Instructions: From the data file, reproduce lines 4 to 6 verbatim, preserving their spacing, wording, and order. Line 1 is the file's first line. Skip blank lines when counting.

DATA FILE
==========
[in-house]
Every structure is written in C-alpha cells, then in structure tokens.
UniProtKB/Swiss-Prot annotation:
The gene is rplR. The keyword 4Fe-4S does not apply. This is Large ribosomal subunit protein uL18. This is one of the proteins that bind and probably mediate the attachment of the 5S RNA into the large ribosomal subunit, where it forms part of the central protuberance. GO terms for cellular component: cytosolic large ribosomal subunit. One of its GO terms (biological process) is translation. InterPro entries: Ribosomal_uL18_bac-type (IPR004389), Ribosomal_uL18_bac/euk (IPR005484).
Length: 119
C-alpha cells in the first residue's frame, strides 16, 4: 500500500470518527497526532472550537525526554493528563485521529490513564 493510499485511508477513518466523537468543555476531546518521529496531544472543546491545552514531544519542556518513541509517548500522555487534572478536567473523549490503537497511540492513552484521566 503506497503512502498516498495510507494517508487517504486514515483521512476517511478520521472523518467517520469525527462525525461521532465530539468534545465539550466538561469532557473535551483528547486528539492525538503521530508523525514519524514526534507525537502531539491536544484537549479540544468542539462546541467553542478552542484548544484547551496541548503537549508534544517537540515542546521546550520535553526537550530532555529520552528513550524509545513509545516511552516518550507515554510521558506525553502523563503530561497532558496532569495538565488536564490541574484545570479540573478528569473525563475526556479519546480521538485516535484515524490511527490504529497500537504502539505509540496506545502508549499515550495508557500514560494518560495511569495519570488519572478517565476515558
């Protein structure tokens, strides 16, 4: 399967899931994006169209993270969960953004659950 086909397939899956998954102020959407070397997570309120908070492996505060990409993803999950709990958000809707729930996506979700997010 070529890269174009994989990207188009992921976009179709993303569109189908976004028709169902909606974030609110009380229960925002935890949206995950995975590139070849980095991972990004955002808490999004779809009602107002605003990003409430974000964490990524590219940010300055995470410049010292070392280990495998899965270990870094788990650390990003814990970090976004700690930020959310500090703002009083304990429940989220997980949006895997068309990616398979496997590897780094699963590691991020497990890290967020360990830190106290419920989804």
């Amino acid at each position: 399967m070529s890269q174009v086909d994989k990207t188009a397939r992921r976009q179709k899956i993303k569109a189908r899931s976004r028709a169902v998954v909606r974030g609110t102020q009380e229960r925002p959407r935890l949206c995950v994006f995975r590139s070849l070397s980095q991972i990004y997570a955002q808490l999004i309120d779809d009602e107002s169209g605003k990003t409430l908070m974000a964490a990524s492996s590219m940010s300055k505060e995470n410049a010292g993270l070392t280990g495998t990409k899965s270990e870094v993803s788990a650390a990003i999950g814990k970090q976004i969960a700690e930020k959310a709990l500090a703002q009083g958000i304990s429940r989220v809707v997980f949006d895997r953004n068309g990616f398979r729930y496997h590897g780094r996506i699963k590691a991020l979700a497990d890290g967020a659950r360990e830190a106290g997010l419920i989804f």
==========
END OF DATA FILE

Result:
The gene is rplR. The keyword 4Fe-4S does not apply. This is Large ribosomal subunit protein uL18. This is one of the proteins that bind and probably mediate the attachment of the 5S RNA into the large ribosomal subunit, where it forms part of the central protuberance. GO terms for cellular component: cytosolic large ribosomal subunit. One of its GO terms (biological process) is translation. InterPro entries: Ribosomal_uL18_bac-type (IPR004389), Ribosomal_uL18_bac/euk (IPR005484).
Length: 119
C-alpha cells in the first residue's frame, strides 16, 4: 500500500470518527497526532472550537525526554493528563485521529490513564 493510499485511508477513518466523537468543555476531546518521529496531544472543546491545552514531544519542556518513541509517548500522555487534572478536567473523549490503537497511540492513552484521566 503506497503512502498516498495510507494517508487517504486514515483521512476517511478520521472523518467517520469525527462525525461521532465530539468534545465539550466538561469532557473535551483528547486528539492525538503521530508523525514519524514526534507525537502531539491536544484537549479540544468542539462546541467553542478552542484548544484547551496541548503537549508534544517537540515542546521546550520535553526537550530532555529520552528513550524509545513509545516511552516518550507515554510521558506525553502523563503530561497532558496532569495538565488536564490541574484545570479540573478528569473525563475526556479519546480521538485516535484515524490511527490504529497500537504502539505509540496506545502508549499515550495508557500514560494518560495511569495519570488519572478517565476515558